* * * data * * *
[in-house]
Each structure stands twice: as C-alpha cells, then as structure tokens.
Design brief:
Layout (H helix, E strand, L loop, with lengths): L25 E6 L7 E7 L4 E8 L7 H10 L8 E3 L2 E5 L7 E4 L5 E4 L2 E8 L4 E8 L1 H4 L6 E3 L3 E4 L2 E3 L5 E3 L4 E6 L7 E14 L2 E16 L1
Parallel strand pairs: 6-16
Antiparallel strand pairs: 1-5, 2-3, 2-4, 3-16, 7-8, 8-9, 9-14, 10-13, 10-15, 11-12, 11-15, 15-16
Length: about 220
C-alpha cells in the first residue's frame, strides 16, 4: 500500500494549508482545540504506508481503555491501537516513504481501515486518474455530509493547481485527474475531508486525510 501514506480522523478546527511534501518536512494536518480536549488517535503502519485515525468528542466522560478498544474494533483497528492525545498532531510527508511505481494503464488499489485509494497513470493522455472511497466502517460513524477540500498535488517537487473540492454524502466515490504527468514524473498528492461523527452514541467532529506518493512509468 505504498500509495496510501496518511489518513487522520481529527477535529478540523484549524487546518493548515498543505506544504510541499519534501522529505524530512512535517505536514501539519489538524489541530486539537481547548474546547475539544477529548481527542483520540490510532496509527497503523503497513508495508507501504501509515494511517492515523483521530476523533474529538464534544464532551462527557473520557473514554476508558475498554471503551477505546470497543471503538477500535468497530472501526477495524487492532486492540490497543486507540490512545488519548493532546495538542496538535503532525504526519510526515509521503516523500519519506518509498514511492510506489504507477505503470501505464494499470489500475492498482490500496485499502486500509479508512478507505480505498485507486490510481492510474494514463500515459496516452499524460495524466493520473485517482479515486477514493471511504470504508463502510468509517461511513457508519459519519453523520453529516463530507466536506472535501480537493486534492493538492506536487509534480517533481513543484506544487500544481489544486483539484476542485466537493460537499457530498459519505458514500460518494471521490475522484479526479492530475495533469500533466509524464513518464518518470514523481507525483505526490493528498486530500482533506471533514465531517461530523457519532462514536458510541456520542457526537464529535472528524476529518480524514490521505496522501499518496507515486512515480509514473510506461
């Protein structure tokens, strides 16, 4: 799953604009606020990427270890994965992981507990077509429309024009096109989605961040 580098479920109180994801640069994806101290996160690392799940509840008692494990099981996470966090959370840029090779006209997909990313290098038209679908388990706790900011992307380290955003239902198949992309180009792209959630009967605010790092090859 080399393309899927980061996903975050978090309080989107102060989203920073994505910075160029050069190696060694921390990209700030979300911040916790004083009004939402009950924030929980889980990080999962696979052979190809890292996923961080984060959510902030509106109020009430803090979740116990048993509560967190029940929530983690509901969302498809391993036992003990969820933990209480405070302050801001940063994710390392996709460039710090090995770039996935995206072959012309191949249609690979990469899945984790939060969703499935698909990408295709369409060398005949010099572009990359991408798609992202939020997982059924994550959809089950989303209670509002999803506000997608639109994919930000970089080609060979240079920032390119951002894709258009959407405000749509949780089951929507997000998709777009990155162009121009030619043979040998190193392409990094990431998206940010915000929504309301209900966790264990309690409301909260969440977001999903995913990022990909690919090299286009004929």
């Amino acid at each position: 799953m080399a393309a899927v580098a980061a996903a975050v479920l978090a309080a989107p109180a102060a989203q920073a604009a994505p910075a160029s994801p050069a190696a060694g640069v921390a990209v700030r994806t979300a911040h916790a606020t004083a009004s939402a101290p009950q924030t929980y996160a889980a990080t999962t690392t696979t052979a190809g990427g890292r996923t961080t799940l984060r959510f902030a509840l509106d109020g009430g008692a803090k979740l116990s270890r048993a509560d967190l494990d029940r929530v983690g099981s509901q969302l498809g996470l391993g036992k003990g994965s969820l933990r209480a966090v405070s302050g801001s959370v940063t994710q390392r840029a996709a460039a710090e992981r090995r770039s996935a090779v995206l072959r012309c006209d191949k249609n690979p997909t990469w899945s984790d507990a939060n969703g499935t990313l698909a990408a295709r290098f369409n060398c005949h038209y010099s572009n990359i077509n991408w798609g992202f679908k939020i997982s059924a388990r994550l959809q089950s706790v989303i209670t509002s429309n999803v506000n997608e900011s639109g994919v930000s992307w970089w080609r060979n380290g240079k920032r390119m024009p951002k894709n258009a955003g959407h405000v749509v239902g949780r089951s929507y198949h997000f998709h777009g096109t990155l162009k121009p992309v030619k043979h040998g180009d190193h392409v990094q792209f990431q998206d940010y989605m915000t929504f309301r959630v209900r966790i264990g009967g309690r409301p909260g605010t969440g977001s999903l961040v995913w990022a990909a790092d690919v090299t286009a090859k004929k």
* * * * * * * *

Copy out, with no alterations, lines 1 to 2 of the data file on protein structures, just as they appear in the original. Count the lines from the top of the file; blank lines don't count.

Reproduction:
[in-house]
Each structure stands twice: as C-alpha cells, then as structure tokens.